Summer Log: Day 12

I spent this morning reading The Fault in Our Stars by John Green, crying a bit, and contemplating a lot.  It’s a work of young adult fiction that delves into discussing why we are here and what will happen when we’re not here anymore: pure, utter, wretched oblivion.

We’ll surely be remembered when we die because, barring some catastrophe, there will still be people alive who remember and, hopefully, miss us.  But what about when they die and when those that loved and mourned for them die?  When our names are on headstones and we are only found in the databases of ancestry.com, will our lives matter?  John Green’s characters debate the necessity of leaving a legacy or leaving this earth quietly, hurting as few as possible with your departure from personhood.  But does it really matter?  The love ones will mourn then the loved one, too, will die.  And it’s a chain of screaming and gnashing of teeth that will carry from generation to generation.  Even those that leave legacies, good or bad, will some day be forgotten.  Someday, the human race will extinguish itself like a flame doused in water.  The birds and the beasts (or, perhaps, just the cockroaches) won’t remember Joan of Arc, Anne Frank, Hitler, Churchill.  Will it matter that we do now?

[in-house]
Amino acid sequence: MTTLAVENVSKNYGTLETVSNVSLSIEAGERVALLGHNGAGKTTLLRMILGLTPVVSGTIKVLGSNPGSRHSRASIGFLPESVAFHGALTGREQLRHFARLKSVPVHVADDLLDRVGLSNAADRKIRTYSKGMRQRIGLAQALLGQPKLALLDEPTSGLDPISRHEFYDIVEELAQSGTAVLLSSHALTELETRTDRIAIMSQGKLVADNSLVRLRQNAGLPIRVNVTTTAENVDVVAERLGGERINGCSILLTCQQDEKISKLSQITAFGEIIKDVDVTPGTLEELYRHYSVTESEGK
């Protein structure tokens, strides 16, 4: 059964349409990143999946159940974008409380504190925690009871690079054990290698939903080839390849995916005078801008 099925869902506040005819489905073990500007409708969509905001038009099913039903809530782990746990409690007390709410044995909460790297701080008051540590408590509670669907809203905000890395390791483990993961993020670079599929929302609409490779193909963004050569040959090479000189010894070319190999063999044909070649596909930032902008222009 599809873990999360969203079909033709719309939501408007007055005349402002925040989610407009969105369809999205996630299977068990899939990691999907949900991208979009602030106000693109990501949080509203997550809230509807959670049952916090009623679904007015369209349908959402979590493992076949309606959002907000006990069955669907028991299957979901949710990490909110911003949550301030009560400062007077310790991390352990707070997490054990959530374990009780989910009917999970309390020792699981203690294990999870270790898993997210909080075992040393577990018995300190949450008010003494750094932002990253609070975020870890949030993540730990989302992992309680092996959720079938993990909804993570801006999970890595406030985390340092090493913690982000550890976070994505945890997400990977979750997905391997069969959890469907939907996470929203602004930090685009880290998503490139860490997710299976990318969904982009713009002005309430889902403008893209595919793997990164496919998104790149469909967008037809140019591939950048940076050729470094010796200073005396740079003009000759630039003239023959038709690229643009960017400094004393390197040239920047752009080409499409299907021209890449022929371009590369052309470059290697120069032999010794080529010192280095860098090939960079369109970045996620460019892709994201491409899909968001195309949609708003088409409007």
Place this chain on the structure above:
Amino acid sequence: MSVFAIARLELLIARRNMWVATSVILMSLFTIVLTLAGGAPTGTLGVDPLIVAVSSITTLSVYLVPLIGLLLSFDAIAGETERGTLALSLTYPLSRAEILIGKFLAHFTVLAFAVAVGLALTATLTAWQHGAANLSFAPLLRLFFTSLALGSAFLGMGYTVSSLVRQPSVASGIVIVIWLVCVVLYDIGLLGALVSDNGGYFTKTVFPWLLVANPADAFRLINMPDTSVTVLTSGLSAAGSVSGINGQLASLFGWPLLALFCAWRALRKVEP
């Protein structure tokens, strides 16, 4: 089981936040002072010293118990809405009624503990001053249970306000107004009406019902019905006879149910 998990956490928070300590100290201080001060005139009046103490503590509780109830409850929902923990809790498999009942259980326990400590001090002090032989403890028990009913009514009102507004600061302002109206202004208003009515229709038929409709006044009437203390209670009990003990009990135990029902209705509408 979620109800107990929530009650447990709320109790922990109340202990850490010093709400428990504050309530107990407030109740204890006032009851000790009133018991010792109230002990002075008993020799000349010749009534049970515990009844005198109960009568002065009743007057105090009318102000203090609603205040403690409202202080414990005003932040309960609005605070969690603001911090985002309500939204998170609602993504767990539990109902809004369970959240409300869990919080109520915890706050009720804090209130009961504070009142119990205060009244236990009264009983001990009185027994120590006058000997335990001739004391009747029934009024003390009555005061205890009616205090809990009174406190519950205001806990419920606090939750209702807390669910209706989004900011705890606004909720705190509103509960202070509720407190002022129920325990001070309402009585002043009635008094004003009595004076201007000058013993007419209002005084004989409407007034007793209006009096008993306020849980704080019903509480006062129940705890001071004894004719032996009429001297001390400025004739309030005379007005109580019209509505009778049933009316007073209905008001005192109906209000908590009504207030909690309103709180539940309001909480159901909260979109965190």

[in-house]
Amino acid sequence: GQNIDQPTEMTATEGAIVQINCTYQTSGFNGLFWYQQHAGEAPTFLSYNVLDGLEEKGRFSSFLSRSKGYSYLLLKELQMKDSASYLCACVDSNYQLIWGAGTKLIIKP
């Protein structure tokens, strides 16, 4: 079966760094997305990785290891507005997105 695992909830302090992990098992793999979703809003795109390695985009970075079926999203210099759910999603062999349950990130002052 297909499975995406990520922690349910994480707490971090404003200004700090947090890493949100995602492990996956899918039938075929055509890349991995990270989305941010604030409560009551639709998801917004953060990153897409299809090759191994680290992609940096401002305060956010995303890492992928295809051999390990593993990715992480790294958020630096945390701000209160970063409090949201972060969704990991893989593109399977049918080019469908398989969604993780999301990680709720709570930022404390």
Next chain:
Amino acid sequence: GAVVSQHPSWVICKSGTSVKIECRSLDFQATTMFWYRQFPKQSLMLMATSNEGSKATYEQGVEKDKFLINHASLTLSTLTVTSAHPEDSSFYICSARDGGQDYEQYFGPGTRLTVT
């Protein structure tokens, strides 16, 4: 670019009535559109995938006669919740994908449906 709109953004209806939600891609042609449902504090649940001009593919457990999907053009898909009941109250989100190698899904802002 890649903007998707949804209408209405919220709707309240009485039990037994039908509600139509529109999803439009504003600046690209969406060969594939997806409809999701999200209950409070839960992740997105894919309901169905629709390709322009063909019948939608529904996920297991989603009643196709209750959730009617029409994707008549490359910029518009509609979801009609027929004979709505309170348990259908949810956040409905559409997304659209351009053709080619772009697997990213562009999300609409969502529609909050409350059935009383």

I end with a quote from Dead Poets’ Society:

We don’t read and write poetry because it’s cute.
We read and write poetry because we are members of the human race.
And the human race is filled with passion.
And medicine, law, business, engineering, these are noble pursuits and necessary to sustain life.
But poetry, beauty, romance, love, these are what we stay alive for.
To quote from Whitman, “O me! O life!
…of the questions of these recurring;
of the endless trains of the faithless…
of cities filled with the foolish;
what good amid these, O me, O life?”
Answer. That you are here – that life exists, and identity;
that the powerful play goes on and you may contribute a verse.
That the powerful play *goes on* and you may contribute a verse.
What will your verse be?

Further question: What happens when the play ends?

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